A scientific report published in Nature magazine, one of the most important in the world, shows that the Apple Watch Series 6 “is a reliable way to obtain heart rate and oxygen saturation (SpO2) in patients with lung diseases under controlled conditions.”
The study from the University of São Paulo, one of Brazil’s more prestigious education institutions and was conducted with 100 patients with chronic obstructive pulmonary disease and interstitial lung disease from an outpatient pneumology clinic. It collected SpO2 and heart rate data with Apple Watch Series 6 and compared them to two commercial pulse oximeters.
The study observed “strong positive correlations between the Apple Watch device and commercial oximeters. It notes that “there was no statistical difference in the evaluation of skin color, wrist circumference, presence of wrist hair, and enamel nail for SpO2 and hear rate measurements in Apple Watch or commercial oximeter devices.”
The tests were conducted with healthy individuals, people with Interstitial lung disease (ILD), and with chronic obstructive pulmonary disease (COPD). They observed that:
- Strong positive correlations between the Apple Watch Series 6 device and commercial oximeters when evaluating heart rate measurements and oximetry measurements;
- The Apple Watch has a tendency of higher SpO2 values tha commercial oximeters, however, heart rate measurements were similar in both devices;
- In the different groupls, ILD, COPD, and healthy individuals, the study didn’t observe significant differences between the Apple Watch and commercial oximeter devices for both parametrs, SpO2 and heart rate.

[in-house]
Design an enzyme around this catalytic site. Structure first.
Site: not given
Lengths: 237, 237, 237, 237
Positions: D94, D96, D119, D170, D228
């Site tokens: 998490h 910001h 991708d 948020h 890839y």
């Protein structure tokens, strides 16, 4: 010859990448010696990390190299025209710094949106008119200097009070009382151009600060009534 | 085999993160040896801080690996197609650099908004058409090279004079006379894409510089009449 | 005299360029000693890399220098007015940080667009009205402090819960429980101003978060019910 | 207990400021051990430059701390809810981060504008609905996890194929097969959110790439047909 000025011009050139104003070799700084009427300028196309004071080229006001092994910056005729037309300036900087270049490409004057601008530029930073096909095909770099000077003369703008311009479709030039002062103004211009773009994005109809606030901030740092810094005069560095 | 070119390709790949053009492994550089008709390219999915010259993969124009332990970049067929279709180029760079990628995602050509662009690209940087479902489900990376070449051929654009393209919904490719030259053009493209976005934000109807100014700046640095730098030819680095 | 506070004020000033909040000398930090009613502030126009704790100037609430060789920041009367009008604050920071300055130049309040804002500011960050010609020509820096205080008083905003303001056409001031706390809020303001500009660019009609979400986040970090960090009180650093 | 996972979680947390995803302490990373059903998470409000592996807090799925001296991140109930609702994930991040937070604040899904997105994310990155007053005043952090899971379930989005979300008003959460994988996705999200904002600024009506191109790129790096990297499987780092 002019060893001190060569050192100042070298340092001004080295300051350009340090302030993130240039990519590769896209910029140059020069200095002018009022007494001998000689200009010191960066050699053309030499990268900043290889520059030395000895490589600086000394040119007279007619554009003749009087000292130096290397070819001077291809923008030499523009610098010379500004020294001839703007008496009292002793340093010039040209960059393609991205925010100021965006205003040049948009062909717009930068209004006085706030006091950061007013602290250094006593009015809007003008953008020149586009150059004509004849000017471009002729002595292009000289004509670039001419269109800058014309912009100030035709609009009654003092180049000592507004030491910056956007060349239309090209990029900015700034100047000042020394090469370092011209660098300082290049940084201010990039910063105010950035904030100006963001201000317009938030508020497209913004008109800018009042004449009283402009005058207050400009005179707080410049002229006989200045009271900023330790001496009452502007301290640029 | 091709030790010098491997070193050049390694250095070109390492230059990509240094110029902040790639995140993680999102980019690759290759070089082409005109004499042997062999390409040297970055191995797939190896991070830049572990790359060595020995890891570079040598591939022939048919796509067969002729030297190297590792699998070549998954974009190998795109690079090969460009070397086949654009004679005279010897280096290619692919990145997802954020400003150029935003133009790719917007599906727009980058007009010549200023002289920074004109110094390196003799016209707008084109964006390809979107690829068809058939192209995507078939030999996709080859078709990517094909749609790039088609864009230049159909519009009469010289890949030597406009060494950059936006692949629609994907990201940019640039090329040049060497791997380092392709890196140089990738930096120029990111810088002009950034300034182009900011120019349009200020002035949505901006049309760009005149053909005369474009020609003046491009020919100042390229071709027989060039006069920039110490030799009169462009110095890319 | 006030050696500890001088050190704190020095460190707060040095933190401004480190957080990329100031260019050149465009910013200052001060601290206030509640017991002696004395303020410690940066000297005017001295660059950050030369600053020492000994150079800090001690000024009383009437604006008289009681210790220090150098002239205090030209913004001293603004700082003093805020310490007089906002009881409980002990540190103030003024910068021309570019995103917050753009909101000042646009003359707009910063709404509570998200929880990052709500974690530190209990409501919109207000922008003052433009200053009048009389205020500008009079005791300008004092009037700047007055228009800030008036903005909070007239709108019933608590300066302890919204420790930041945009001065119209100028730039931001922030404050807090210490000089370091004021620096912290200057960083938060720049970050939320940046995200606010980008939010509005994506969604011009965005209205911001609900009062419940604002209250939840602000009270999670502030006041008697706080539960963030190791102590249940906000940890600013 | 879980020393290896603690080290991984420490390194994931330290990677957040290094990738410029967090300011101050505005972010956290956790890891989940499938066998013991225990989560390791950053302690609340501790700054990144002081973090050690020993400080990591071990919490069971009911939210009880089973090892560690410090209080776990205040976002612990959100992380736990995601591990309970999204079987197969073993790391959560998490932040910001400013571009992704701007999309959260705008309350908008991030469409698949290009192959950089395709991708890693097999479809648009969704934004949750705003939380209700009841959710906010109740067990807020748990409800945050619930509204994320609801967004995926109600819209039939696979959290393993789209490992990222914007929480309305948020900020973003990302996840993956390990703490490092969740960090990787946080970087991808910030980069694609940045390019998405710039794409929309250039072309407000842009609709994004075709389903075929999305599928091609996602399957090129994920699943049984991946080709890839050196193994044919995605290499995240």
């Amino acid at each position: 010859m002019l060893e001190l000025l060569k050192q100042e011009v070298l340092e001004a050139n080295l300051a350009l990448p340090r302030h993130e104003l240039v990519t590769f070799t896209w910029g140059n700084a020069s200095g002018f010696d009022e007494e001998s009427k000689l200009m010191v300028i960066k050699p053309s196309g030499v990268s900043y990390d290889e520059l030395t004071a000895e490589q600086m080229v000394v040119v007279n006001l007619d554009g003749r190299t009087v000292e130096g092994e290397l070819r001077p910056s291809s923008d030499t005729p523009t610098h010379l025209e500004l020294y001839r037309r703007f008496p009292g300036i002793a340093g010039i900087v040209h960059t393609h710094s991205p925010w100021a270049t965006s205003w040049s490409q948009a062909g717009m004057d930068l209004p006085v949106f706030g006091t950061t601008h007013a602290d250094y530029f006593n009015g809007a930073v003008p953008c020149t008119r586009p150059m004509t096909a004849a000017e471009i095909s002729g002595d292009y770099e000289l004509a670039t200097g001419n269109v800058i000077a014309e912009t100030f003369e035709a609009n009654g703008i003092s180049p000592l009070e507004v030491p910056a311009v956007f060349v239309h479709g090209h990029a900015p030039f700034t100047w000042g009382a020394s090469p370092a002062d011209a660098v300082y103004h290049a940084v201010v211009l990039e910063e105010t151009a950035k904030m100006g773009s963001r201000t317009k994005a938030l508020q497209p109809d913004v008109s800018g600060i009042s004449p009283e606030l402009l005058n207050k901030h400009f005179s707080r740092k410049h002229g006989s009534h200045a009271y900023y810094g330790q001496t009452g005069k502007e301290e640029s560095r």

Overall, the study says that “despite a tendency to present higher values when compared to conventional oximetry devices, the Apple Watch device was accurate and similar” although it’s important to note that results were made “under controlled conditions.”
The study finishes by saying that “the advance of smartwatch technology continues to improve and studies to assess accuracy and reliability in various types of disease should be carried out.”
The Apple Watch Series 6 was first introduced in 2020. Different from the Apple Watch Series 4, which needed government approval to take ECGs, Apple says its oxygen blood measurement feature isn’t medically approved and it’s only for the user’s well-being.
Even though, studies like this one conducted by USP show that the Apple Watch does a good job helping people to have control over their well-being.
The Apple Watch Series 7, which is yet to be launched by Apple, does have oxygen blood measurement capabilities, although it isn’t clear whether there’s an upgrade from last year’s model.
The “Comparison of SpO2 and heart rate values on Apple Watch and conventional commercial oximeters devices in patients with lung disease” study was conducted by Leonardo Zumerkorn Pipek, Rafaela Farias Vidigal Nascimento, Milena Marques Pagliarelli Acencio, and Lisete Ribeiro Teixeira. You can read the full report here.